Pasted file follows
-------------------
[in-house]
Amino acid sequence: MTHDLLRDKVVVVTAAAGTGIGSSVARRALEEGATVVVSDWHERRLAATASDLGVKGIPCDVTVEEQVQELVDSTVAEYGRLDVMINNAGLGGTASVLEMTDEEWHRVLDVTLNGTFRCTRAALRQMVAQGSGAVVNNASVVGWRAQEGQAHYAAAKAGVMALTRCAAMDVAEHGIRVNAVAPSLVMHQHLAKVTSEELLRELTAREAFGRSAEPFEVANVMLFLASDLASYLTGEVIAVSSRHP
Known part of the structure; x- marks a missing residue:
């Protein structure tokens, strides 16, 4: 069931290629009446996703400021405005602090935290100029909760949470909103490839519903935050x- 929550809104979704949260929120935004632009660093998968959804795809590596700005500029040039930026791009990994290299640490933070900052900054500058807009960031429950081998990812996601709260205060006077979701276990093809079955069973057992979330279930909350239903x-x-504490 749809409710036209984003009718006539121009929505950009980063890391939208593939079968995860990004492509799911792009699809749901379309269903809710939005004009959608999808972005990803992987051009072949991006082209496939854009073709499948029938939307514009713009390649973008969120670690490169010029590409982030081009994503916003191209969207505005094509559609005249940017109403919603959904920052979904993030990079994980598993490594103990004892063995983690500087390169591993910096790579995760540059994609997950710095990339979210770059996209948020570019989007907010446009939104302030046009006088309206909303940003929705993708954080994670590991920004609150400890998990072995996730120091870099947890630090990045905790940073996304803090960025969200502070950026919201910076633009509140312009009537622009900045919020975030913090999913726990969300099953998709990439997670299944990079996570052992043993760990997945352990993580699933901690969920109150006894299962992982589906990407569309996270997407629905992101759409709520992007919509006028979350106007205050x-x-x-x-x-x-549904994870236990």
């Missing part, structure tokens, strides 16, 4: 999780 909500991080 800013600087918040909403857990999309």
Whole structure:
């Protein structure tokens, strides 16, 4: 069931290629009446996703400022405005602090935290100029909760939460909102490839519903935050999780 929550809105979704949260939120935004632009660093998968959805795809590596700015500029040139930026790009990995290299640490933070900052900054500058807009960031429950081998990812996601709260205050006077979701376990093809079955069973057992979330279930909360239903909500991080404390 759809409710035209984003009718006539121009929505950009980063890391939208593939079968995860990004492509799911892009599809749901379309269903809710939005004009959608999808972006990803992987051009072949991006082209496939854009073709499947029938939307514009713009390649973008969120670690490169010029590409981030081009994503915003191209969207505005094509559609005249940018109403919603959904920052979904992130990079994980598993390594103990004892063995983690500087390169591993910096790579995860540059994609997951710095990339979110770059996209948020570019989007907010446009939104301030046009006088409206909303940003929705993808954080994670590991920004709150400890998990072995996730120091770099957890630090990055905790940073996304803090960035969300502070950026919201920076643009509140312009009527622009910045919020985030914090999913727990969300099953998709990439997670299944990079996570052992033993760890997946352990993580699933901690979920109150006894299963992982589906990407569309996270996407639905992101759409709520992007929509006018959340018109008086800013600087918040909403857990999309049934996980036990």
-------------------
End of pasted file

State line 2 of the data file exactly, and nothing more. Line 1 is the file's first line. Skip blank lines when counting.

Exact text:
Amino acid sequence: MTHDLLRDKVVVVTAAAGTGIGSSVARRALEEGATVVVSDWHERRLAATASDLGVKGIPCDVTVEEQVQELVDSTVAEYGRLDVMINNAGLGGTASVLEMTDEEWHRVLDVTLNGTFRCTRAALRQMVAQGSGAVVNNASVVGWRAQEGQAHYAAAKAGVMALTRCAAMDVAEHGIRVNAVAPSLVMHQHLAKVTSEELLRELTAREAFGRSAEPFEVANVMLFLASDLASYLTGEVIAVSSRHP